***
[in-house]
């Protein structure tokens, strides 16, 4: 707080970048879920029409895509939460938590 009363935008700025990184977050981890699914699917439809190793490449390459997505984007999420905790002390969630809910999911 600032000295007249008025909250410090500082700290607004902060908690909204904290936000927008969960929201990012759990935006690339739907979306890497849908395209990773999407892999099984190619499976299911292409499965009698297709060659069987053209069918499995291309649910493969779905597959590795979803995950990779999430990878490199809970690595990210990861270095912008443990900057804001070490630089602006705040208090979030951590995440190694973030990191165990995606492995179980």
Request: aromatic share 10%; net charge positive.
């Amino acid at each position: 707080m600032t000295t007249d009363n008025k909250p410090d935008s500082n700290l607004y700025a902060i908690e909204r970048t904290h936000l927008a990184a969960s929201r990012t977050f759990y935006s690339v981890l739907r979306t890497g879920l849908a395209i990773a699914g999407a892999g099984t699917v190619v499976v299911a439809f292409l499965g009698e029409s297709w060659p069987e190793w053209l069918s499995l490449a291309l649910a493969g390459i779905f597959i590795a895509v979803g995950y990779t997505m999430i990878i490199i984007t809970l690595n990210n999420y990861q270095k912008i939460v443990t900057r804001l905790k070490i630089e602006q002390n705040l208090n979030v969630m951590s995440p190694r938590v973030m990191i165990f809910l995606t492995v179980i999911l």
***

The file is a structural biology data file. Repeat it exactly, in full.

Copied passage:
[in-house]
């Protein structure tokens, strides 16, 4: 707080970048879920029409895509939460938590 009363935008700025990184977050981890699914699917439809190793490449390459997505984007999420905790002390969630809910999911 600032000295007249008025909250410090500082700290607004902060908690909204904290936000927008969960929201990012759990935006690339739907979306890497849908395209990773999407892999099984190619499976299911292409499965009698297709060659069987053209069918499995291309649910493969779905597959590795979803995950990779999430990878490199809970690595990210990861270095912008443990900057804001070490630089602006705040208090979030951590995440190694973030990191165990995606492995179980």
Request: aromatic share 10%; net charge positive.
């Amino acid at each position: 707080m600032t000295t007249d009363n008025k909250p410090d935008s500082n700290l607004y700025a902060i908690e909204r970048t904290h936000l927008a990184a969960s929201r990012t977050f759990y935006s690339v981890l739907r979306t890497g879920l849908a395209i990773a699914g999407a892999g099984t699917v190619v499976v299911a439809f292409l499965g009698e029409s297709w060659p069987e190793w053209l069918s499995l490449a291309l649910a493969g390459i779905f597959i590795a895509v979803g995950y990779t997505m999430i990878i490199i984007t809970l690595n990210n999420y990861q270095k912008i939460v443990t900057r804001l905790k070490i630089e602006q002390n705040l208090n979030v969630m951590s995440p190694r938590v973030m990191i165990f809910l995606t492995v179980i999911l």